Recent geopolitical, regional, and internal dynamics in the Middle East have been shaping the actions of nonstate armed actors in the region. Internal power struggles within Iraq over months-long efforts to form a new government have been affecting both Iraq’s paramilitary groups and the Islamic State. In Libya too, the various political factions and their militias have again resorted to armed clashes in a similar contest over government control. In Syria, various jihadi groups as well as anti-jihadi and anti-Assad nonstate armed actors operate even as the Assad regime has become increasingly normalized. In Yemen, the fragile ceasefire between the Houthis and the externally-sponsored Yemeni government faces significant challenges. External actors remain thickly involved in those and other Middle Eastern and North Africa countries diplomatically, militarily, and via proxies, such as the Wagner Group.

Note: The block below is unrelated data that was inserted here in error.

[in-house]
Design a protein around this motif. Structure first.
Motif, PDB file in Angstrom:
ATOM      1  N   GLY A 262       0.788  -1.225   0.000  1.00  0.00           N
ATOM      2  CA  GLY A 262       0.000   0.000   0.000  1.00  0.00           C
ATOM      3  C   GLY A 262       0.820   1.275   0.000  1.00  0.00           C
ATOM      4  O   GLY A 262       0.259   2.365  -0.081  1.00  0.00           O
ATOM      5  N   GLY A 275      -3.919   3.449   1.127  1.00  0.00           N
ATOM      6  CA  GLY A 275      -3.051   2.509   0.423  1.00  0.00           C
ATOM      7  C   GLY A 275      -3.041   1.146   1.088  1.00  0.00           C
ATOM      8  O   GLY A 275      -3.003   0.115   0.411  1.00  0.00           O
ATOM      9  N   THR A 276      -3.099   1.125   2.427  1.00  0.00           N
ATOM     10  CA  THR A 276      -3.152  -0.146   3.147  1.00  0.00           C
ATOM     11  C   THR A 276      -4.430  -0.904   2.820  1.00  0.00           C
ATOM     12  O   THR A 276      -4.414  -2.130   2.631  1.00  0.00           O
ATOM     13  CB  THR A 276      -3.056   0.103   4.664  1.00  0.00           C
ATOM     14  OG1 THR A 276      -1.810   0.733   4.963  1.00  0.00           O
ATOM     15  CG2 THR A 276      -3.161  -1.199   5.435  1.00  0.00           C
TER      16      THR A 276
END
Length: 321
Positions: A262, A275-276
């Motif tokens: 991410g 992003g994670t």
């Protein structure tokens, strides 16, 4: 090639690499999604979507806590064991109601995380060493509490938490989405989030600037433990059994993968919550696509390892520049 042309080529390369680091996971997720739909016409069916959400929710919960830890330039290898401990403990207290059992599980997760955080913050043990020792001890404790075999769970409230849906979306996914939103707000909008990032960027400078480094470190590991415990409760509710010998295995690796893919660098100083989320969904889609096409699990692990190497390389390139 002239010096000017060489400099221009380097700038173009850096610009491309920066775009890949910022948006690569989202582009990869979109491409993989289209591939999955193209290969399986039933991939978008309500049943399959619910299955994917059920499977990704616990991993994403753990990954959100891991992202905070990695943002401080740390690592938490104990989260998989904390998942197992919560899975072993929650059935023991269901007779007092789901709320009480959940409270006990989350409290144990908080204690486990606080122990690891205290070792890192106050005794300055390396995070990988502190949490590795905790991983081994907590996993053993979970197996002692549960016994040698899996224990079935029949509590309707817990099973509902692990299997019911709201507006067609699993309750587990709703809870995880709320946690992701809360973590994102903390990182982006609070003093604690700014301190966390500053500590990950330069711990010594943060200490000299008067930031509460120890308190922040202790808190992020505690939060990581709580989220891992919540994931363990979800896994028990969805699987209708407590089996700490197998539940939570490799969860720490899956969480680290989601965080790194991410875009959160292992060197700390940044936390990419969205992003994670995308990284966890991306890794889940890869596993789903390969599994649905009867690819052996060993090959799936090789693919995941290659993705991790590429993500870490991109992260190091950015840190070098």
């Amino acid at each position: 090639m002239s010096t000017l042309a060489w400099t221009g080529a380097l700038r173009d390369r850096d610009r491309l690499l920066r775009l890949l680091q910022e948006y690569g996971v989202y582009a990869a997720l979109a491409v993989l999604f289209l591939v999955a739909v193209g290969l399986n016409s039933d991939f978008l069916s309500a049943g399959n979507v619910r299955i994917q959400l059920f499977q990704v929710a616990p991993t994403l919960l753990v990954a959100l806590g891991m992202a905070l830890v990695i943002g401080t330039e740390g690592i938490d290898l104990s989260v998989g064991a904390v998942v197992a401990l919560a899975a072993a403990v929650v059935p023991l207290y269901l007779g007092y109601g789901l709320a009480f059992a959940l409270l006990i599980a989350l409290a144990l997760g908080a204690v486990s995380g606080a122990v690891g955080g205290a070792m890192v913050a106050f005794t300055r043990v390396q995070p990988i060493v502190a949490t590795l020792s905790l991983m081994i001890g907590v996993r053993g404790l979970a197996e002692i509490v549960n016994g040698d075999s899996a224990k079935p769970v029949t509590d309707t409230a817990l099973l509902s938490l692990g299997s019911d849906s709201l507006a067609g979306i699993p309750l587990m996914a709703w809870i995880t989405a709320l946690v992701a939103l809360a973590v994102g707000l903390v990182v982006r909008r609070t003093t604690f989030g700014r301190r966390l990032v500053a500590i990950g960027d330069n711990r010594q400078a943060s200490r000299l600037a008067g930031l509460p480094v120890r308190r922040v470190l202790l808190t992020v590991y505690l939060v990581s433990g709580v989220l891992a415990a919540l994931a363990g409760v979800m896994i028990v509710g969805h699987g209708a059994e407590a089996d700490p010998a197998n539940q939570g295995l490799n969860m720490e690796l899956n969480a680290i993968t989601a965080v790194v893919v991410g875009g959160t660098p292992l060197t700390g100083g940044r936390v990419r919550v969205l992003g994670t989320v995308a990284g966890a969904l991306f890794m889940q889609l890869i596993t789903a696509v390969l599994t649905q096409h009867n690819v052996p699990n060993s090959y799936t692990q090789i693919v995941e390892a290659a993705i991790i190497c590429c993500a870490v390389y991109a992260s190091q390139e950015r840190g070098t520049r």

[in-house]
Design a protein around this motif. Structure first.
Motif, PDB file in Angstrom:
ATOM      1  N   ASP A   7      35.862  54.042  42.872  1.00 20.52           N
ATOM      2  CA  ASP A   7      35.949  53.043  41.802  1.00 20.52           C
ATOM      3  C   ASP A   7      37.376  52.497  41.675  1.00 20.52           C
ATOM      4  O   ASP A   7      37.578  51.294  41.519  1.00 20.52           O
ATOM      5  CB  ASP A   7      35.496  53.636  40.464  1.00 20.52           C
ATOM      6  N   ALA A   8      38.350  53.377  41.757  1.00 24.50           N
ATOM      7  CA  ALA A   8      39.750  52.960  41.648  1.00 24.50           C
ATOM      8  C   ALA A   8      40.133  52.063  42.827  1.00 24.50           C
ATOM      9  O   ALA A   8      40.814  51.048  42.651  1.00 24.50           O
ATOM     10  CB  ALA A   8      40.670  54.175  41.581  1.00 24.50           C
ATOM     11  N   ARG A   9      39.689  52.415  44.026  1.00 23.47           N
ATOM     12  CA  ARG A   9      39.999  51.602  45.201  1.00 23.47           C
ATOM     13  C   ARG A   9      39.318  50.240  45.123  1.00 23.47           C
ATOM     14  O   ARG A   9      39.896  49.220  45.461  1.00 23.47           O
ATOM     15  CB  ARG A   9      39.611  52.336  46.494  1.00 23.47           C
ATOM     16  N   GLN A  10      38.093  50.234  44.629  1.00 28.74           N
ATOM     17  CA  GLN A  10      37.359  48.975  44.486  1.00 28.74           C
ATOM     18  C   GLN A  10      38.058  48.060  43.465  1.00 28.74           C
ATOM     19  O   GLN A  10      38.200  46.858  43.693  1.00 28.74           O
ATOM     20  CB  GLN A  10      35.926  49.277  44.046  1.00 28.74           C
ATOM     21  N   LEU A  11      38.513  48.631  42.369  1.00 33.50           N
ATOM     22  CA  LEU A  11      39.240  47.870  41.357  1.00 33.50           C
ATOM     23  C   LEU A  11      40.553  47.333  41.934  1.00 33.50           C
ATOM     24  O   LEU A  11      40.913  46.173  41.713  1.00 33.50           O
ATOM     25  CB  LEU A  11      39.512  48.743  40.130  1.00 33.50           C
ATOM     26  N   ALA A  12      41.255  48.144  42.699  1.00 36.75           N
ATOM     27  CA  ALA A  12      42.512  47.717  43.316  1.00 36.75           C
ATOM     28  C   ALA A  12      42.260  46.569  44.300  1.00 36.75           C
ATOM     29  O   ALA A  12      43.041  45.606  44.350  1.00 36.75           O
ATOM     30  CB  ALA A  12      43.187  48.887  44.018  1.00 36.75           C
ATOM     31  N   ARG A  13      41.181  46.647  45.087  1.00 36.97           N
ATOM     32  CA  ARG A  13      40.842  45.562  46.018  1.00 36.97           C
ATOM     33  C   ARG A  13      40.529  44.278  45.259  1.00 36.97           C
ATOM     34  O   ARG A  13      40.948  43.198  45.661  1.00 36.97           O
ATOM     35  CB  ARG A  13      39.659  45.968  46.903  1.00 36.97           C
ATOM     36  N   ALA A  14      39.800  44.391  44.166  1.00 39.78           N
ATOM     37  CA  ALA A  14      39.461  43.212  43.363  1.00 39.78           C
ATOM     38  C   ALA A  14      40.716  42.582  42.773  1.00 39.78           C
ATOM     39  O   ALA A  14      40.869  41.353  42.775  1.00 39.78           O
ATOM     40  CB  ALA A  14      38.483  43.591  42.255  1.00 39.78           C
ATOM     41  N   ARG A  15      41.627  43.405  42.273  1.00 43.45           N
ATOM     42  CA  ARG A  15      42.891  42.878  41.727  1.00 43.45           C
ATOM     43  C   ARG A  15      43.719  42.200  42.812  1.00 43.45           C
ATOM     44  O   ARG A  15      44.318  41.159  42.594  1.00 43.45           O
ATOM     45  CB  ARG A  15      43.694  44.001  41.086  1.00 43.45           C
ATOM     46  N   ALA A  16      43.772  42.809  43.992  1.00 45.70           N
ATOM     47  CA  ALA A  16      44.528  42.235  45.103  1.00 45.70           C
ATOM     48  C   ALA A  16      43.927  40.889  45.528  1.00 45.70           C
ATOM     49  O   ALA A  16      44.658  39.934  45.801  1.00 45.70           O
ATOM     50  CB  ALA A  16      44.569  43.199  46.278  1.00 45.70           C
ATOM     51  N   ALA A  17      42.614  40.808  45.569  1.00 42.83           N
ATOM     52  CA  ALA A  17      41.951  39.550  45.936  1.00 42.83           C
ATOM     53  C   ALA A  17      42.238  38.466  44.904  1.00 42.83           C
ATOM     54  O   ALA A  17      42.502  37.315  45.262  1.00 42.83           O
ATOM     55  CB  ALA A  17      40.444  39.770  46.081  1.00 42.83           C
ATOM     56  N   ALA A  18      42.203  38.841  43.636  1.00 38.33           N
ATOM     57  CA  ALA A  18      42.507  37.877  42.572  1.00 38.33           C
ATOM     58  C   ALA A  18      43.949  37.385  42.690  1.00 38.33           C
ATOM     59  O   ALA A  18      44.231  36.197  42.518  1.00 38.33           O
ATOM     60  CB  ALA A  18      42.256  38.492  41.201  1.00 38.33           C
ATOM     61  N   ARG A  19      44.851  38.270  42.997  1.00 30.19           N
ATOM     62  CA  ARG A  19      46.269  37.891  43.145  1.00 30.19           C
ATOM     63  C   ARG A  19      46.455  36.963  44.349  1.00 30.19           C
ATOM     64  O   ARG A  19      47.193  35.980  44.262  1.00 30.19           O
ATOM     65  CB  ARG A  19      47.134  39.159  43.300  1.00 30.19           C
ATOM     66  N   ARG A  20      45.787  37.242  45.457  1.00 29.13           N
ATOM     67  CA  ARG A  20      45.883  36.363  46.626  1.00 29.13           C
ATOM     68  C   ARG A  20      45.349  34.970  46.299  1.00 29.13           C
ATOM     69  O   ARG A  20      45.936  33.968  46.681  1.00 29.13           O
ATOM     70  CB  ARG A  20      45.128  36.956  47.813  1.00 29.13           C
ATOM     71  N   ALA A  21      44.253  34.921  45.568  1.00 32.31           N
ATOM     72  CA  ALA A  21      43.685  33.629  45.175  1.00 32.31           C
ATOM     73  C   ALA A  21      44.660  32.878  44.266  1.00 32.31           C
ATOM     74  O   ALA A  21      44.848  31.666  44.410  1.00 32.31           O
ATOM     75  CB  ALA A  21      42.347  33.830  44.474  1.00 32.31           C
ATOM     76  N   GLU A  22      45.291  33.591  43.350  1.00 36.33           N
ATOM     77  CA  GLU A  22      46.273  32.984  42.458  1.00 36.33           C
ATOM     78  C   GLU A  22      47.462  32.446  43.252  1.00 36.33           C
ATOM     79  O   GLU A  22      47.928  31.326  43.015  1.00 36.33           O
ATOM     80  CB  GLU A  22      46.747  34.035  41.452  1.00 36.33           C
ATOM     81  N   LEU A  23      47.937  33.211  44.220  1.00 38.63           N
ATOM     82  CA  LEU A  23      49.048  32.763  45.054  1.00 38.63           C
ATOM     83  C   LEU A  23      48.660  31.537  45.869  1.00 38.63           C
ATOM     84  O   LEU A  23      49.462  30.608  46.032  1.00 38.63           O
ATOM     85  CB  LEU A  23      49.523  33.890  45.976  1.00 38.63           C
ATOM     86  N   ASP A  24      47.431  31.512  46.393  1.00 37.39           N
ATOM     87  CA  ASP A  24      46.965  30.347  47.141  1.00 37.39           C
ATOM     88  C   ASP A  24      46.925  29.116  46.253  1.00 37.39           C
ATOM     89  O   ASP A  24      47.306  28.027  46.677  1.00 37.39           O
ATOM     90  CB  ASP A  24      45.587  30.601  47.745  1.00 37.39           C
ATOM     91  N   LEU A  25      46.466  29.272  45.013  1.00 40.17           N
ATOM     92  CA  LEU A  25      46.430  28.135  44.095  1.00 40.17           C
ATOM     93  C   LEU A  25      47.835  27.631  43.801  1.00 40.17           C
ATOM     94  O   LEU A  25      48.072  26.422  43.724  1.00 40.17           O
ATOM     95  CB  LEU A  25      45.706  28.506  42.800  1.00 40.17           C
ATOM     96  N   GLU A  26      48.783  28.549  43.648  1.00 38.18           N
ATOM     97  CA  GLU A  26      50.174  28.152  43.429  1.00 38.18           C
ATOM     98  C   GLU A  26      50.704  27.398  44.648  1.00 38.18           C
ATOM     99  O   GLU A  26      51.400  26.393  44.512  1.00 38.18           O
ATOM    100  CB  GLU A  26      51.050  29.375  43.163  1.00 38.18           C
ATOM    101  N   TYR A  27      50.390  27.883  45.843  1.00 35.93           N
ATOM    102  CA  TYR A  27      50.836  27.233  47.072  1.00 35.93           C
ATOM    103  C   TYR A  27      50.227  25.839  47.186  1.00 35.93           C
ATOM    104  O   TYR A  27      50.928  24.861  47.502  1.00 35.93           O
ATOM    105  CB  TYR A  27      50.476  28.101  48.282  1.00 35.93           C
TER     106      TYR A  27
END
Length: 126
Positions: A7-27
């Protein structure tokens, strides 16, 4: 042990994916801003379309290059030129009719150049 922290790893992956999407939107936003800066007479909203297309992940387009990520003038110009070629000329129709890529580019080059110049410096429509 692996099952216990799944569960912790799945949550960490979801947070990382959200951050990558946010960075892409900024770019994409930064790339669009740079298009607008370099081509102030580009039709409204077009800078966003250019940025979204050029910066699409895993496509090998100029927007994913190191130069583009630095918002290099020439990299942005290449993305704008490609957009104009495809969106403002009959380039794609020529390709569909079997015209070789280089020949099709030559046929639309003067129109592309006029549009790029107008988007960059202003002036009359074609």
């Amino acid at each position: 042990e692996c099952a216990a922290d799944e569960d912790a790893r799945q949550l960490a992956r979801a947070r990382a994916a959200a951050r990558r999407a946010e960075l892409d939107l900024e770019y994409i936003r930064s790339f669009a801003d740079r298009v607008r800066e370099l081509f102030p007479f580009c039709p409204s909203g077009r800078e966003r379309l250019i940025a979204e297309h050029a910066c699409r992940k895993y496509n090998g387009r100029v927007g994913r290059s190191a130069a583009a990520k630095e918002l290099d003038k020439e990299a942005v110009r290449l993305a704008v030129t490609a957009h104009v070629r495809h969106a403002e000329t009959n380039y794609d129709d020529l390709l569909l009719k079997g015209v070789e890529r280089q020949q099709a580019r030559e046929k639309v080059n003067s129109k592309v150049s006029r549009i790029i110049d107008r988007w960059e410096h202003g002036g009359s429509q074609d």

On December 5, the Brookings Institution’s Initiative on Nonstate Armed Actors held a panel to explore how nonstate armed actors are evolving and adapting to changing internal political dispensations and the external geopolitical and regional environment.
After their remarks, panelists took questions from the audience. Viewers submitted questions via email to email@example.com or Twitter using #NonstateArmedActors.
ModeratorVanda Felbab-Brown Director - Initiative on Nonstate Armed Actors, Co-Director - Africa Security Initiative, Senior Fellow - Foreign Policy, Strobe Talbott Center for Security, Strategy, and Technology
PanelistRanj Alaaldin Fellow - Middle East Council on Global Affairs, Director of the Crisis Response Council - Carnegie Corporation